What is the power factor (PF) requirement for an SMPS or even just a standalone power factor correction (PFC) stage with a power level above 75W?

I know that in some cases the customer will specify the requirements at say 10% total rated load to be 0.9. For instance, assume that the PFC is rated for 1600W, thus 10% load will be 160W and the required PF is 0.9.

What about PF in between 75W - 160W? Does it have to comply with any requirements?

NOTE: Active power factor correction is considered in this example.

  • \$\begingroup\$ Are you referring to CE requirements? \$\endgroup\$
    – Kartman
    Mar 30, 2021 at 11:16
  • \$\begingroup\$ Yes, it would have to be. \$\endgroup\$
    – Rr Bb
    Mar 30, 2021 at 11:40
  • \$\begingroup\$ Then specify in the question what standards you require. The answer is probably in the standard anyways. \$\endgroup\$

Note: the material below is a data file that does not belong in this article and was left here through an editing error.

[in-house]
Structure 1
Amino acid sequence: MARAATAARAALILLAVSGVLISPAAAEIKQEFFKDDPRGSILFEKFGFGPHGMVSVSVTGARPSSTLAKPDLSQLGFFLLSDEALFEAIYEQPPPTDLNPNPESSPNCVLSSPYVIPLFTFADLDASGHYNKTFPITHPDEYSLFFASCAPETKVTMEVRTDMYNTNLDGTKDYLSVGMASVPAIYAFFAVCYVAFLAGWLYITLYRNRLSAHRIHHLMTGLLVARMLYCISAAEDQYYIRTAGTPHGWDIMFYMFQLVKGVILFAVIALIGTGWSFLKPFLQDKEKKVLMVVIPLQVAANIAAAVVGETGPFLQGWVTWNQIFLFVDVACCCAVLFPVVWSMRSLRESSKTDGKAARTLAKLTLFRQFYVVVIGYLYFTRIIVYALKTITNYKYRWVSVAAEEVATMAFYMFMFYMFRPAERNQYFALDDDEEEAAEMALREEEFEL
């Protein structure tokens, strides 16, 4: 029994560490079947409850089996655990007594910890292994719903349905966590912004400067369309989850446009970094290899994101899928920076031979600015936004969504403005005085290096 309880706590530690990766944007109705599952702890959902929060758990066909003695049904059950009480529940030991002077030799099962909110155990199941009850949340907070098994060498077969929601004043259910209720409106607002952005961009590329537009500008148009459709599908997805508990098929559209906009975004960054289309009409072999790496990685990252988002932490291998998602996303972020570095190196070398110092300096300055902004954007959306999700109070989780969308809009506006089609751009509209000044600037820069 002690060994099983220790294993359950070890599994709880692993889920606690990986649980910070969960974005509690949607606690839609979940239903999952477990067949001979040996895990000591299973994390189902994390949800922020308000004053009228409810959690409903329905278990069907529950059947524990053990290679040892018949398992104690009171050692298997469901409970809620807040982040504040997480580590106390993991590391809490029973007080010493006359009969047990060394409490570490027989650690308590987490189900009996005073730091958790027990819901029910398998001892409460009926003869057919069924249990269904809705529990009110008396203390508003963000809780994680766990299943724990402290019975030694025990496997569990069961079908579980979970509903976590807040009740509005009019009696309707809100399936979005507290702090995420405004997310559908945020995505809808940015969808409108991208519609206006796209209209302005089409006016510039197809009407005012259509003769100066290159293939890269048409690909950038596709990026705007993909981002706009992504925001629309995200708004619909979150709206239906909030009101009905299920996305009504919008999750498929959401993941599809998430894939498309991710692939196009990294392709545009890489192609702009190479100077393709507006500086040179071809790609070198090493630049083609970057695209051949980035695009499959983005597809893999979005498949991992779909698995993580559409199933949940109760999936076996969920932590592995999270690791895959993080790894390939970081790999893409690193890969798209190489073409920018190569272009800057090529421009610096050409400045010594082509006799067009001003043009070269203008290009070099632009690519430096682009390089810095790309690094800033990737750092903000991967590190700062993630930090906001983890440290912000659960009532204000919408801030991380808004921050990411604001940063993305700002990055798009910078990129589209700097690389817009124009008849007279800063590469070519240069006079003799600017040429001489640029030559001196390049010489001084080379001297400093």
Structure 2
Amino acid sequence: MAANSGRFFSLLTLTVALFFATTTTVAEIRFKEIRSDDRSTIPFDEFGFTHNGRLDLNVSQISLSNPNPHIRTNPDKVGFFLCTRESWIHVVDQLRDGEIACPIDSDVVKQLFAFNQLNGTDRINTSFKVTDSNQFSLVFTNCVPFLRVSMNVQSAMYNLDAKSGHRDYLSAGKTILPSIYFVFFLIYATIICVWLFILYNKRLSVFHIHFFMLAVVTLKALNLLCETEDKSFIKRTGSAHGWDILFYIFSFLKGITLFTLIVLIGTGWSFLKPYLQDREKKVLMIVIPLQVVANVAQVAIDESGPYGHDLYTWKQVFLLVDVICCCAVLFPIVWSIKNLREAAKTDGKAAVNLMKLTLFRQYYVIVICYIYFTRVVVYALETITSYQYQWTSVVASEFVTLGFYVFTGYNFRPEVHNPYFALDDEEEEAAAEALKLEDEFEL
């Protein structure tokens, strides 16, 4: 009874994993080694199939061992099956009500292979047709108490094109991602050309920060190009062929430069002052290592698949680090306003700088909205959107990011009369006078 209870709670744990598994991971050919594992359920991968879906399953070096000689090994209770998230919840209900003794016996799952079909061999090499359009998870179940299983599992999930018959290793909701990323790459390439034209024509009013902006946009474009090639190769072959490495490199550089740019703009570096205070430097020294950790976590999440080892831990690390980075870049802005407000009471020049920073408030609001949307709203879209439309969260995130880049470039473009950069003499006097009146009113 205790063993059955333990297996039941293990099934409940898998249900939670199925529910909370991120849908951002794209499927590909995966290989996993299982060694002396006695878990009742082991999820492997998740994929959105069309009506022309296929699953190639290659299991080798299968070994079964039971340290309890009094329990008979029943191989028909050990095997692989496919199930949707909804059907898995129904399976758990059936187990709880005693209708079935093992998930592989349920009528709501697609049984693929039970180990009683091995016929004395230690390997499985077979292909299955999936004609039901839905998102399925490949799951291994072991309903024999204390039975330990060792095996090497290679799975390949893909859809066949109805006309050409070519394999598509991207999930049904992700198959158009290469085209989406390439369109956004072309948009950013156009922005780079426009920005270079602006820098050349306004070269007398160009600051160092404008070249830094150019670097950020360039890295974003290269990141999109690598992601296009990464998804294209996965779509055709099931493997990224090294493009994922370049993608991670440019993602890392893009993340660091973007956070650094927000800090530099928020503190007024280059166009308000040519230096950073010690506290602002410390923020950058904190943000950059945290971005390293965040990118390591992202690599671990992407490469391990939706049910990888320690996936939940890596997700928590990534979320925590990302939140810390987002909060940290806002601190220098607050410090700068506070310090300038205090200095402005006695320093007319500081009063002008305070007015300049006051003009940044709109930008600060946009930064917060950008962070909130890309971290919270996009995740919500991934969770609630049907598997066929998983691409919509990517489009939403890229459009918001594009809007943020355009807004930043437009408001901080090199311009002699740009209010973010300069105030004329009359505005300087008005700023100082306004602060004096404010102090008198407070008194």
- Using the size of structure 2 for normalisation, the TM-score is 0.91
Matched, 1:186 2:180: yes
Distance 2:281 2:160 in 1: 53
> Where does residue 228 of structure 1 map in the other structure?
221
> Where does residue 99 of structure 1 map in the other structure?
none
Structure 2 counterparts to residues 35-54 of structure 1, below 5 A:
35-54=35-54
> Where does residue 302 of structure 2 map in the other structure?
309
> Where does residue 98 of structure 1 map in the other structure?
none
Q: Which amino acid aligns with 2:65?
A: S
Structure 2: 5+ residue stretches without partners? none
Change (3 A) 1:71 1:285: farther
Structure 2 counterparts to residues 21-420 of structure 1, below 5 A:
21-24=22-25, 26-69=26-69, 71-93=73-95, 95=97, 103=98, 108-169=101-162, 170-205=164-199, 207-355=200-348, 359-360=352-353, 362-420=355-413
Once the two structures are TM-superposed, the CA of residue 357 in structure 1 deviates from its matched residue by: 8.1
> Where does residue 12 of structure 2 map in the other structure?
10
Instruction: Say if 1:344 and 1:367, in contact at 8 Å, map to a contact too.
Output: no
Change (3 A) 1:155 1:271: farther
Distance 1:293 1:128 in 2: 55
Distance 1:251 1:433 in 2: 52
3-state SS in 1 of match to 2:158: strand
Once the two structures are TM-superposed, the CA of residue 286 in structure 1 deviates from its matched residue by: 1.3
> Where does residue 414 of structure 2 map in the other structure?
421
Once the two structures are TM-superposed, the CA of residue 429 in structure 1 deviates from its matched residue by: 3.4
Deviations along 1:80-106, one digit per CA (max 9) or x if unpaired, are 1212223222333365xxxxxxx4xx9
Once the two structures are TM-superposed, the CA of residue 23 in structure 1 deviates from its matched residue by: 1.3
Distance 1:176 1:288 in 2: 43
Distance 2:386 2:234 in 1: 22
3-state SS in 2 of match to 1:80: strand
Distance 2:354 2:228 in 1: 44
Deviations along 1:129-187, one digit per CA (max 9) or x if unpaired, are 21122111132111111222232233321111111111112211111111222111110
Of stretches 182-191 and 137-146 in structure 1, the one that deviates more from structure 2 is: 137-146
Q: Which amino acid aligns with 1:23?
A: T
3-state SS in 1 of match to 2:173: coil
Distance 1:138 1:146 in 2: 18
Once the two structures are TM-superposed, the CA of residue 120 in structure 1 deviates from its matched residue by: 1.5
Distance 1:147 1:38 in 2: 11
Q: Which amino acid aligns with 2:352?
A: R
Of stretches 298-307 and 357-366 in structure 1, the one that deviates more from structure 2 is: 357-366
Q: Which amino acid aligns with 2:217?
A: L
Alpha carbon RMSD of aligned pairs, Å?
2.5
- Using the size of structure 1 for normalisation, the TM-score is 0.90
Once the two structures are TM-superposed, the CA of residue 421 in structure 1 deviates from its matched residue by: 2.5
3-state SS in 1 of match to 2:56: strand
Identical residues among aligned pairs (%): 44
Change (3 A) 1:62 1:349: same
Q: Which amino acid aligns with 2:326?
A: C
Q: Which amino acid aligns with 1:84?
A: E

– Kartman
    Mar 30, 2021 at 12:31
  • \$\begingroup\$ There is no information online about it (based on my research). In addition, to view a full standard you must purchase it I think. \$\endgroup\$
    – Rr Bb
    Mar 30, 2021 at 12:47

1 Answer 1


What about PF in between 75W - 160W? Does it have to comply with any requirements?

From this wiki page and take particular note of the final sentence: -

In 2001, the European Union put into effect the standard IEC/EN61000-3-2 to set limits on the harmonics of the AC input current up to the 40th harmonic for equipment above 75 W. The standard defines four classes of equipment depending on its type and current waveform. The most rigorous limits (class D) are established for personal computers, computer monitors, and TV receivers. To comply with these requirements, modern switched-mode power supplies normally include an additional power factor correction (PFC) stage.

If you dig around you can find tables like this: -

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Source document that has the above table and other good information on this subject.

Here's another good bit of reading material. And, another useful link.


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